For many people, the idea that they could do learn some programming was new and they were curios just as I was about the above. Pretty much any temporary hobby people tend to do is like that - something wakes up curiosity and ambition. Network effect is usually smaller, it is just one company or office doing the thing, but when it is in the news a lot of them gonna do it at the same time.
However, I do think there are a lot of adjacent skills that can be learned through the practice of programming which all kids should be taught (whether through learning to write code or repairing cars or through other pedagogic methods):
- How to break down a complex process into a bunch of simpler steps
- How to recognize abstract patterns and what variables might differ in various situations
- How to use tangible evidence and your understanding of how a system works to 'debug' some phenomenon
- How to "evaluate code in your head" - think through the implications of how a change to a system might work
Programming is a specific skill useful in a bunch of situations, but not universally practical.
Critical thinking is a universally useful skill adaptable to a wide number of situations. A citizen body better versed in critical thinking would (I propose) make our society function better.
Don't get me wrong - a lot of people can get benefit from learning to write an automation script or small program of some sort to take care of an annoyance. Taking a programming course for one year in HS, and then forgetting about it for 3 years will put you marginally ahead of someone just starting. On that same token, I don't expect someone who took Cal II at university to derive/integrate a bunch of equations 3 years later.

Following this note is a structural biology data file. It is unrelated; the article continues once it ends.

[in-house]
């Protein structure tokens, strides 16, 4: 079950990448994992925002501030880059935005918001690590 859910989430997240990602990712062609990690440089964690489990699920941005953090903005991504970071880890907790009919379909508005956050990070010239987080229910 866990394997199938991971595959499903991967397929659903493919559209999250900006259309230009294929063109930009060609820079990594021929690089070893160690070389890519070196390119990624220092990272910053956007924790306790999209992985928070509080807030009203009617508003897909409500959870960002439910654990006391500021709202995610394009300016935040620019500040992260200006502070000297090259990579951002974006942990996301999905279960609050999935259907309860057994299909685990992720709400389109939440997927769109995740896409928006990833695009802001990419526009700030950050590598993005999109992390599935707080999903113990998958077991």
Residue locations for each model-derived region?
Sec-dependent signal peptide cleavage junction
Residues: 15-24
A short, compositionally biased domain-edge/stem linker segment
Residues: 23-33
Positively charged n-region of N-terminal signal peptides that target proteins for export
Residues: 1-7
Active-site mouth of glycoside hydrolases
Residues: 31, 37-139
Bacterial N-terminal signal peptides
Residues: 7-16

Programming isn't a muscle memory skills like riding a bicycle. It takes practice.
They selected 18 people out of 80 applications.
The last time I checked with them, just like I predicted, they expected 4-5 to actually finish the course.
The selected people are not high school students pushed by their parents, most have a technical background and came knowing fully well that getting a programming job in the future will increase their salary dramatically.
For those who have not considered programming, being forced into it school may not be pleasant, but for many they may find it as delightful and fun as I do and we will bring more people into the programming community.
The article tries hard to make it a bad thing that big computer companies want to be able to hire qualified staff in the future, but clearly it is not. Any country without programs that nurture young programmers and encourage them to pursue it as a career will be behind the rest of the world in software, which is not a place you want to be.